When it comes to evaluating the performance of mobile radio communication systems, the most common method by far is computer simulations. Fortunately, much of the backbreaking work has been eliminated by the incredible amount of computing power and predefined toolboxes available nowadays. Although certainly convenient, such simplicity is bewitching.
As we will show in this chapter, measuring the performance of the physical layer of a mobile communication system can be remarkably similar to simulating it. The main difference is that a measurement has to obey the laws of nature. For example, one cannot just assume perfect channel knowledge, perfect frequency and timing synchronization, known noise variance, double-precision feedback, and so on. One also cannot measure a million independent channel realizations within a small-scale fading scenario. Compared with simulations, all this may seem troublesome; on the other hand, reality is like this.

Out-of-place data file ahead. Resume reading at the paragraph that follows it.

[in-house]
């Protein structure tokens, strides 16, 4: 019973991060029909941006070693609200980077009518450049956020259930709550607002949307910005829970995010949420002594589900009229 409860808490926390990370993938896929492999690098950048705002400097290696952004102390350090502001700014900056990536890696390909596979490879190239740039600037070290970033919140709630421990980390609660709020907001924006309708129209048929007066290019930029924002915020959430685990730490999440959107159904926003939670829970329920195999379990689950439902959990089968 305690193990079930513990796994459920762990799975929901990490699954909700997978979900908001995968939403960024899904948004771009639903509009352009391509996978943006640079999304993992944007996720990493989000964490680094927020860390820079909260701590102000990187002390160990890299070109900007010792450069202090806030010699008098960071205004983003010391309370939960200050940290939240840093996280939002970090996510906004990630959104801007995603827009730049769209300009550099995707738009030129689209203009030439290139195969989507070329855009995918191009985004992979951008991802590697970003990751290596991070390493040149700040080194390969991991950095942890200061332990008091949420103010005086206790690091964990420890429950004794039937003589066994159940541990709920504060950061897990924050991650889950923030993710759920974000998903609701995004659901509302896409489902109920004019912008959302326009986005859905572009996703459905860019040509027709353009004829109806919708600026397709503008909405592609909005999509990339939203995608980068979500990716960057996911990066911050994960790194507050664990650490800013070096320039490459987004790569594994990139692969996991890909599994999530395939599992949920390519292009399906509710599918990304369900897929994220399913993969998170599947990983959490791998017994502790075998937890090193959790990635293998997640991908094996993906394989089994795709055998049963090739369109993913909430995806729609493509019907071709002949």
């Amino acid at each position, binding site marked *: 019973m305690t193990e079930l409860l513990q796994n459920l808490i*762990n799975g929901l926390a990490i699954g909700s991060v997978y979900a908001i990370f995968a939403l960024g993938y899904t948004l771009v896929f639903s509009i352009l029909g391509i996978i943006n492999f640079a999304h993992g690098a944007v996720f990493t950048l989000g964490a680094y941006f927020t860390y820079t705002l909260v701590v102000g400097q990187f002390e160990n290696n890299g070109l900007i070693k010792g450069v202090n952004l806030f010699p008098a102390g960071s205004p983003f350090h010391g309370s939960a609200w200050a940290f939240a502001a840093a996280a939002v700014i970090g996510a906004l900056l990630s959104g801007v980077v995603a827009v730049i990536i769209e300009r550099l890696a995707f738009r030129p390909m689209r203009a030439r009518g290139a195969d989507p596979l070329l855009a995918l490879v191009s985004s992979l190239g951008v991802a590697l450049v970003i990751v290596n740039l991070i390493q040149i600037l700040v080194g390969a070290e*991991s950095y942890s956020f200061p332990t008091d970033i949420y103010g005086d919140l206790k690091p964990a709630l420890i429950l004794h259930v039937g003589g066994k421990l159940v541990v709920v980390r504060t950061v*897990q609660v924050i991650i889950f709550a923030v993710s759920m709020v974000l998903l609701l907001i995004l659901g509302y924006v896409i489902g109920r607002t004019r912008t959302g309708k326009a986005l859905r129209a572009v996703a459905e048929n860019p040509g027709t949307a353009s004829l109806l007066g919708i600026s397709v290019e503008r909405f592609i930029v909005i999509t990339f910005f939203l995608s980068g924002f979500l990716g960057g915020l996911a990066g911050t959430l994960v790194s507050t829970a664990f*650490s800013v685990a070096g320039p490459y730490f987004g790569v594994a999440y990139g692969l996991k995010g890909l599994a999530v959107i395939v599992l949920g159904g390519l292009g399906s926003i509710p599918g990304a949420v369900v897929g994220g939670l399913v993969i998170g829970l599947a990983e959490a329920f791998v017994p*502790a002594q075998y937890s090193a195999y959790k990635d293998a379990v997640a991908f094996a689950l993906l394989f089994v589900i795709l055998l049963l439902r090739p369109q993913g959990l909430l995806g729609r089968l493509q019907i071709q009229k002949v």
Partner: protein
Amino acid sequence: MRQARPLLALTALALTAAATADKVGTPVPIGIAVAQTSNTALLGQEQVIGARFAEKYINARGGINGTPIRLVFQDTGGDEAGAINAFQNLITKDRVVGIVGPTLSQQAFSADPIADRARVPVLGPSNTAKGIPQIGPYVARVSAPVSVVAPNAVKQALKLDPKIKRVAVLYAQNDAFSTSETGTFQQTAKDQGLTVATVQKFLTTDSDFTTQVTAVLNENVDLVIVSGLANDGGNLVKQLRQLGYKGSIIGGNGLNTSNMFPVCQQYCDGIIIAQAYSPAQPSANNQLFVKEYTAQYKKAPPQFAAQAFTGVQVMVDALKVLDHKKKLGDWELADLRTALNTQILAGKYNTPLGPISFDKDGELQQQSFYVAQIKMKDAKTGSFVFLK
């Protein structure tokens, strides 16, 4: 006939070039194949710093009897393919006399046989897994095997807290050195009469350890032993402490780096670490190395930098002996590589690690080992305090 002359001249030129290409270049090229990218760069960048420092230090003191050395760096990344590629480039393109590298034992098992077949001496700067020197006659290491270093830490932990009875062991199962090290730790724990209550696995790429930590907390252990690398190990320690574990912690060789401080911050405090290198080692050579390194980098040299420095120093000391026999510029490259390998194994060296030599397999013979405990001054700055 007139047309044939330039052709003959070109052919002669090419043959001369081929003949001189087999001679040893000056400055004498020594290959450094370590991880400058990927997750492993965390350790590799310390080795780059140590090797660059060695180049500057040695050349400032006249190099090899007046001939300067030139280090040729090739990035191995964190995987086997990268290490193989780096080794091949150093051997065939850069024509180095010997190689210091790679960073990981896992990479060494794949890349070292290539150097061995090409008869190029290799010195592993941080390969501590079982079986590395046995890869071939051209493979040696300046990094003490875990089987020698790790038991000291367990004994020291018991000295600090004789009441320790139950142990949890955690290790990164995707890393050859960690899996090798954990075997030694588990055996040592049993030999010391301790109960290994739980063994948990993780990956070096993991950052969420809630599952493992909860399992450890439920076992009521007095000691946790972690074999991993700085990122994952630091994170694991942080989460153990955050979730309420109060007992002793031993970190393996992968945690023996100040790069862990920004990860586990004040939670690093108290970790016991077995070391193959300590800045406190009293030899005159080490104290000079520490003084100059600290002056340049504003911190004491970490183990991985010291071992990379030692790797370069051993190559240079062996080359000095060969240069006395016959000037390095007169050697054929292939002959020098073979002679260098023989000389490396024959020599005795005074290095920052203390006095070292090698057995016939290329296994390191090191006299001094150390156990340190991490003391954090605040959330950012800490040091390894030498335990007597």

In other words, simulations reflect the simulation environment (and may reflect reality), whereas measurements do reflect reality.
4.1 Basic Idea
“Simulation is always a form of sampling experiment whenever the model contains one or more stochastic variables (although it is a very special type of sampling experiment since simulations are performed on abstract models instead of real-life objects)” [17, p. xi]. Figure 4.1 shows such an abstract model, which will henceforth be used to obtain the average ...